Much has been written lately about the stagnation of the church in America. I don’t really see the evidence of that opinion in the many congregations that are healthy and growing, but I’m aware that there are bodies of believers out there who have felt the pain of broken ties within their church family. We should first start out by understanding that there will be roadblocks to any gathering of human beings, especially if we are gathering for religious purposes. We all have our own quirks and strongly held beliefs and opinions, and at times those differences cause a rift in our relationships with one another. There are many churches though who still seem to grow and today’s post will focus on why.
“And they devoted themselves to the apostles’ teaching and the fellowship, to the breaking of bread and the prayers. And awe came upon every soul, and many wonders and signs were being done through the apostles. And all who believed were together and had all things in common. And they were selling their possessions and belongings and distributing the proceeds to all, as any had need. And day by day, attending the temple together and breaking bread in their homes, they received their food with glad and generous hearts, praising God and having favor with all the people. And the Lord added to their number day by day those who were being saved.”
This picture of the 1st century church is such an insightful view into why they experienced so much growth. Even in the midst of an oppressive environment such as the one the Pharisees and Roman Empire created, we see that the early Christians were glad to gather together in the name of Jesus. Several things they did are immediately apparent:
- They were devoted to learn from the apostles.
- They were dedicated to pray for one another and their mission.
- They were strengthened by witnessing miraculous sings from the apostles.
- They communed with each other around the Lord’s Supper.
- They shared their possessions so that all needs were met.
- They were happy while praising God.
What seems to tie all of these activities together was their insistence on fellowship. This was not just a gathering of Christians on the first day of the week to worship for a few hours. There did not seem to be a schedule or order of worship that dictated how they would spend their time. Instead, the early Christian church placed importance on fellowship and being together. They made it a point to not just talk like the church but act like the church.
I think it’s perfectly clear why the Lord was adding to their number daily. Who wouldn’t want to be a part of such a powerful movement (The Way) when it was so evident in the lives of the people? We can look at any healthy church today and find a group who places fellowship as one of its top concerns. Fellowship is what keeps a family strong and the leaders of a congregation should create ample opportunities for their flock to experience it. When a new Christian is added to the church by God, we should be there to welcome them with open arms, ready to help them make the lifelong transition to being a servant of Christ. If we allow new believers to just be another number added to the membership roll and if there are no genuine friendships made with that person, they will never feel like they belong and just fall back into the world. The souls of the saved should be far more important to us than that!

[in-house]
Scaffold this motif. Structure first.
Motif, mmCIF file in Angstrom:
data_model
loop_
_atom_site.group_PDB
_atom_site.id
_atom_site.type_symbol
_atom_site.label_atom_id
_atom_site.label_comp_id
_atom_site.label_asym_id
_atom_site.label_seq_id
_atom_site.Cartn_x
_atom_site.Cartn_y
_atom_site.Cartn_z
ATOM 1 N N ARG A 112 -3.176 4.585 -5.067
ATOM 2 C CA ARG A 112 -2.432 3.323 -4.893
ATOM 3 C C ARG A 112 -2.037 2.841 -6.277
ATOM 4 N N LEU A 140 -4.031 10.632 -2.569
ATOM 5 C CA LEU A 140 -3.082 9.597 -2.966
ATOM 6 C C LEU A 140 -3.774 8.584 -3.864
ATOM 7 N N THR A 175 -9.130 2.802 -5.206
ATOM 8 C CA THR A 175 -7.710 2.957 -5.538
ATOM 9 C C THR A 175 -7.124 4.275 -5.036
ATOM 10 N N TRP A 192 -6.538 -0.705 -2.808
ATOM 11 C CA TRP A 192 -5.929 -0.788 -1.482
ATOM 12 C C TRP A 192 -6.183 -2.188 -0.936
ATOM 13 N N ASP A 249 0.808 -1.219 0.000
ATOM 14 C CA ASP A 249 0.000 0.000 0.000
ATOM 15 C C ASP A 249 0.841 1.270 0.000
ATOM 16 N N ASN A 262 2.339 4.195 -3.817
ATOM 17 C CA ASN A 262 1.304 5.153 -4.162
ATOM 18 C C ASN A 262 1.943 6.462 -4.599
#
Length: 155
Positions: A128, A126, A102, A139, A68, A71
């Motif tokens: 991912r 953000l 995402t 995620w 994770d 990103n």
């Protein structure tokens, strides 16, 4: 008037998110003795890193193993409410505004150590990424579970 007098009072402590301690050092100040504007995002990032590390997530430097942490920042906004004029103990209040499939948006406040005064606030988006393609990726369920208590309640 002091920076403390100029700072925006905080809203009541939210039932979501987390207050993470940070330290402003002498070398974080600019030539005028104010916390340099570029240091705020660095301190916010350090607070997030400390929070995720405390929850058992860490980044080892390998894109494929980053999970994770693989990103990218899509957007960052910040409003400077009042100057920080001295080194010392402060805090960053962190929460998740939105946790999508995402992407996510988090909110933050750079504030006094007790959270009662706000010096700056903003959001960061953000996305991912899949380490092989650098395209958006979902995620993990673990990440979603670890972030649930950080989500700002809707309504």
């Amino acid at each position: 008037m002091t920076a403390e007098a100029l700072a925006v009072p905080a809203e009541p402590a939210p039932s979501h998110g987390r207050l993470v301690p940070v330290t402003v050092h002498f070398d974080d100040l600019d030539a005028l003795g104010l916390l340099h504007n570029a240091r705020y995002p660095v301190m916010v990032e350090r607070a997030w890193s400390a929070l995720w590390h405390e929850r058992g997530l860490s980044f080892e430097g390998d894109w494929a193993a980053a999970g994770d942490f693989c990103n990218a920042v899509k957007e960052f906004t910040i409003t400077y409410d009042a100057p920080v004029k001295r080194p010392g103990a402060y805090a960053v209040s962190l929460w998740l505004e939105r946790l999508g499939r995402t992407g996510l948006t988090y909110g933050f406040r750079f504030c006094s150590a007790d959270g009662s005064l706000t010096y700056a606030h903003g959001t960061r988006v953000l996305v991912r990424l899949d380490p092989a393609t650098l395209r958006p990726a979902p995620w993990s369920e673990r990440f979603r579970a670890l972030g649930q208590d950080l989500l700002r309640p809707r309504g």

The job of fellowship doesn’t just fall to the elders though. It is the responsibility of every member of Christ’s church to be active in what the congregation is trying to do. Can we attend every event and participate in every ministry? Of course not and that’s a recipe for disaster anyway. But we can definitely make more time for our spiritual family.
As an example, my congregation holds a Fall Festival/ Pig Roast every year and every year it’s a time that many people look forward to. It’s a great time to just be outdoors in God’s beautiful creation, enjoying one another’s company, and eating delicious food. Sounds like a day not to be missed right? Well, this last year’s festival was one of our lowest turnouts ever. Why? Because people are so used to packing their schedules full that they have no time to do church-related activities outside of worship. Kids have soccer practice and wives have ladies days out shopping and dads sure don’t want to miss the big college football game.
The example I see in Acts 2 was that self was set aside for the good of the church body. Every day was a day for the Lord, not just Sunday. People knew about the needs of others because they actually knew them personally from all the time they spent together. Fellowship is the glue that holds us together and our busyness is beginning to chip away at that bond.
Let’s not let the world or Satan convince us to just look out for ourselves. Let’s not give in to the lie that we must have a full schedule to be happy and content. And let’s not just save time for God and his church for a particular day of the week. Let’s make everything we do center around our love for God and others and I’m convinced that the Lord will add to our number daily those who are being saved.